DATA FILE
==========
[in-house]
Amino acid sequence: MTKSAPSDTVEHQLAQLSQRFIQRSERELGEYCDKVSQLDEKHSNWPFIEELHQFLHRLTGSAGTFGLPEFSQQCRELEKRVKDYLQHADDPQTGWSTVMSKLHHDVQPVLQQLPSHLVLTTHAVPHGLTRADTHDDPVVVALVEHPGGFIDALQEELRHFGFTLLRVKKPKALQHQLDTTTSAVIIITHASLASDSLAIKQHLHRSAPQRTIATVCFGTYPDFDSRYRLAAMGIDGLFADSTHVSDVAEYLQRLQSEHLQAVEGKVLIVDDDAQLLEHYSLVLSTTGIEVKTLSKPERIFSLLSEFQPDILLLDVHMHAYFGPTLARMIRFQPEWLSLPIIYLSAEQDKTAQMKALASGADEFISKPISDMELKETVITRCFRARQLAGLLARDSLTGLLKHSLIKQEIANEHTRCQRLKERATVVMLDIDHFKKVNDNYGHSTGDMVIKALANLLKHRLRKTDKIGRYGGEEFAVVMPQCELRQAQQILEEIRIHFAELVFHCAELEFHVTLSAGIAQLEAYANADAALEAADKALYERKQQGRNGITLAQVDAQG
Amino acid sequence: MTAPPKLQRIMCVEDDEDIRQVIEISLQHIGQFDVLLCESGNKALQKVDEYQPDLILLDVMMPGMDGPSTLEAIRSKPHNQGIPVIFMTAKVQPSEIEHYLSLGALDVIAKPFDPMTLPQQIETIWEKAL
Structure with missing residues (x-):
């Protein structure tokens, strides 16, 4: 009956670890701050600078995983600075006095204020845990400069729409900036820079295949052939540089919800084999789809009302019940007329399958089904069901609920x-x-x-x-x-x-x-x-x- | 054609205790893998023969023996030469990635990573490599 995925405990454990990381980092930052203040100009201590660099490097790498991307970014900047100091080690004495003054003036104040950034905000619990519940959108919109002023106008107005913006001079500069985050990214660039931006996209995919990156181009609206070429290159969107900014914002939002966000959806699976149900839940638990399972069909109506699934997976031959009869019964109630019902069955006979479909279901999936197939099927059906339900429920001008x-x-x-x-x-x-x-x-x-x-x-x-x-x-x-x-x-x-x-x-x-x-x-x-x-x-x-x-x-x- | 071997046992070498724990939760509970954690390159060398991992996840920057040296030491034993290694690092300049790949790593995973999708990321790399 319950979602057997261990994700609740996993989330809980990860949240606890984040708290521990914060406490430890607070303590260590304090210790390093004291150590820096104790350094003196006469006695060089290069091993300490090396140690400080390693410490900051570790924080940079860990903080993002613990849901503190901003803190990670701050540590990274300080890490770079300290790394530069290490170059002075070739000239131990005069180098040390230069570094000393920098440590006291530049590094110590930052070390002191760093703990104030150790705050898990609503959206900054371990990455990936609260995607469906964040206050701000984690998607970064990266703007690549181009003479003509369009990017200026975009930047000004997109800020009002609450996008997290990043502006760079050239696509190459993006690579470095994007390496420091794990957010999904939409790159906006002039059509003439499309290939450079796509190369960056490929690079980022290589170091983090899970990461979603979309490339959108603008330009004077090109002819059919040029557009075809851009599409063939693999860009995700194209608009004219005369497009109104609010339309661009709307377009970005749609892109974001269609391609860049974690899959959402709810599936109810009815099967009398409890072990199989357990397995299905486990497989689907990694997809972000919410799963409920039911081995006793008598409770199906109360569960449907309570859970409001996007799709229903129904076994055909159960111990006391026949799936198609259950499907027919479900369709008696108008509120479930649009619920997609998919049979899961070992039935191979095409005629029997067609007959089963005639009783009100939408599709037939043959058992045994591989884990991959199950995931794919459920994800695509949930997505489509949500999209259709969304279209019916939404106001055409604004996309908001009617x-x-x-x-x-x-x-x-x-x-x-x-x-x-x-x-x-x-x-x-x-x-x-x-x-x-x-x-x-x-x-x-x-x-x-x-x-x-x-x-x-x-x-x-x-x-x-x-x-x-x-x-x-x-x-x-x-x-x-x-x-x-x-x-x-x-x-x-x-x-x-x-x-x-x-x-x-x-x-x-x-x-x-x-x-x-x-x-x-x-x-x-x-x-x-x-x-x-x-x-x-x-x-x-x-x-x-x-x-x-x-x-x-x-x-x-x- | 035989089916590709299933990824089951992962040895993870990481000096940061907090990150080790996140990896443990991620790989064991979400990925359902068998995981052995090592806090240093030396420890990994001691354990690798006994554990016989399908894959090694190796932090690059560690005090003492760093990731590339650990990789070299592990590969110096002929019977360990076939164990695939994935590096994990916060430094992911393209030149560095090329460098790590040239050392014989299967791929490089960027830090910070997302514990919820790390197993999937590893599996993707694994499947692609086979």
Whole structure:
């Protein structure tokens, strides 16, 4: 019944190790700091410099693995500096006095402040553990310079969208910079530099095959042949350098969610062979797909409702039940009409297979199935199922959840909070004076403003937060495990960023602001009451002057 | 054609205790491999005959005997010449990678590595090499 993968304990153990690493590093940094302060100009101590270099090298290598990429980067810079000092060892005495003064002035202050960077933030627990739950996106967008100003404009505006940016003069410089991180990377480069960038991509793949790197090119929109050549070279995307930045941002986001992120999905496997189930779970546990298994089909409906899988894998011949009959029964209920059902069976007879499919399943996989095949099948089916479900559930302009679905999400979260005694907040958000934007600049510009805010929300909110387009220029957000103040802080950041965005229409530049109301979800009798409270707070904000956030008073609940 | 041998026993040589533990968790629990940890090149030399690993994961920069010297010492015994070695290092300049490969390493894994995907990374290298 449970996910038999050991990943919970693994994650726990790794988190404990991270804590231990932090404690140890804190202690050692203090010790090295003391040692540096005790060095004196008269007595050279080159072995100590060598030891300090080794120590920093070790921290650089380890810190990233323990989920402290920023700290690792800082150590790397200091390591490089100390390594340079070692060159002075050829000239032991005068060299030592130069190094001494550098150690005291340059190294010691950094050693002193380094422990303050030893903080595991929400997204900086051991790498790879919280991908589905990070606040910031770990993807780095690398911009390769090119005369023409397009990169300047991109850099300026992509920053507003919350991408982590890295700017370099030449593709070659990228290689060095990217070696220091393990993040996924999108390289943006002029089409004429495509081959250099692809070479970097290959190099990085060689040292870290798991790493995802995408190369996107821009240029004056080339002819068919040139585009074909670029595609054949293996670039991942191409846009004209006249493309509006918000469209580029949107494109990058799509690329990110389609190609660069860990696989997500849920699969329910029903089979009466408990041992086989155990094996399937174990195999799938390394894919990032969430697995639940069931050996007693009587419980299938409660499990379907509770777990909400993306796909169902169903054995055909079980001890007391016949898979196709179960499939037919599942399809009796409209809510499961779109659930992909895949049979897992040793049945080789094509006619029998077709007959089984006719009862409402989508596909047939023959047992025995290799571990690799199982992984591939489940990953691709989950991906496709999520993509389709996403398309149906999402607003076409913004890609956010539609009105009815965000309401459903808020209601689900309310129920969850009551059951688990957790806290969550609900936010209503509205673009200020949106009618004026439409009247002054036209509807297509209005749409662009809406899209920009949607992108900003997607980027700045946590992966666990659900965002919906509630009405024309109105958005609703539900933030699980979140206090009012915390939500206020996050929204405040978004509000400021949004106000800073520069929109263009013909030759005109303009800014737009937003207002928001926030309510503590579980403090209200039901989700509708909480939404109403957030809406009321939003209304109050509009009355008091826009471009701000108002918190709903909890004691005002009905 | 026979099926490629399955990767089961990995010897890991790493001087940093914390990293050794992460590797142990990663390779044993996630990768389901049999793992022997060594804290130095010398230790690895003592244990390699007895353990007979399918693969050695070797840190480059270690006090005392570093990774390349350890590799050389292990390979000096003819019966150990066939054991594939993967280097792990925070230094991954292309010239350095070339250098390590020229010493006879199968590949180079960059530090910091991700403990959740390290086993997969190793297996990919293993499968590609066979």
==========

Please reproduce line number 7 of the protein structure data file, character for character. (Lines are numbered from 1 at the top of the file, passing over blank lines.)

């Protein structure tokens, strides 16, 4: 019944190790700091410099693995500096006095402040553990310079969208910079530099095959042949350098969610062979797909409702039940009409297979199935199922959840909070004076403003937060495990960023602001009451002057 | 054609205790491999005959005997010449990678590595090499 993968304990153990690493590093940094302060100009101590270099090298290598990429980067810079000092060892005495003064002035202050960077933030627990739950996106967008100003404009505006940016003069410089991180990377480069960038991509793949790197090119929109050549070279995307930045941002986001992120999905496997189930779970546990298994089909409906899988894998011949009959029964209920059902069976007879499919399943996989095949099948089916479900559930302009679905999400979260005694907040958000934007600049510009805010929300909110387009220029957000103040802080950041965005229409530049109301979800009798409270707070904000956030008073609940 | 041998026993040589533990968790629990940890090149030399690993994961920069010297010492015994070695290092300049490969390493894994995907990374290298 449970996910038999050991990943919970693994994650726990790794988190404990991270804590231990932090404690140890804190202690050692203090010790090295003391040692540096005790060095004196008269007595050279080159072995100590060598030891300090080794120590920093070790921290650089380890810190990233323990989920402290920023700290690792800082150590790397200091390591490089100390390594340079070692060159002075050829000239032991005068060299030592130069190094001494550098150690005291340059190294010691950094050693002193380094422990303050030893903080595991929400997204900086051991790498790879919280991908589905990070606040910031770990993807780095690398911009390769090119005369023409397009990169300047991109850099300026992509920053507003919350991408982590890295700017370099030449593709070659990228290689060095990217070696220091393990993040996924999108390289943006002029089409004429495509081959250099692809070479970097290959190099990085060689040292870290798991790493995802995408190369996107821009240029004056080339002819068919040139585009074909670029595609054949293996670039991942191409846009004209006249493309509006918000469209580029949107494109990058799509690329990110389609190609660069860990696989997500849920699969329910029903089979009466408990041992086989155990094996399937174990195999799938390394894919990032969430697995639940069931050996007693009587419980299938409660499990379907509770777990909400993306796909169902169903054995055909079980001890007391016949898979196709179960499939037919599942399809009796409209809510499961779109659930992909895949049979897992040793049945080789094509006619029998077709007959089984006719009862409402989508596909047939023959047992025995290799571990690799199982992984591939489940990953691709989950991906496709999520993509389709996403398309149906999402607003076409913004890609956010539609009105009815965000309401459903808020209601689900309310129920969850009551059951688990957790806290969550609900936010209503509205673009200020949106009618004026439409009247002054036209509807297509209005749409662009809406899209920009949607992108900003997607980027700045946590992966666990659900965002919906509630009405024309109105958005609703539900933030699980979140206090009012915390939500206020996050929204405040978004509000400021949004106000800073520069929109263009013909030759005109303009800014737009937003207002928001926030309510503590579980403090209200039901989700509708909480939404109403957030809406009321939003209304109050509009009355008091826009471009701000108002918190709903909890004691005002009905 | 026979099926490629399955990767089961990995010897890991790493001087940093914390990293050794992460590797142990990663390779044993996630990768389901049999793992022997060594804290130095010398230790690895003592244990390699007895353990007979399918693969050695070797840190480059270690006090005392570093990774390349350890590799050389292990390979000096003819019966150990066939054991594939993967280097792990925070230094991954292309010239350095070339250098390590020229010493006879199968590949180079960059530090910091991700403990959740390290086993997969190793297996990919293993499968590609066979």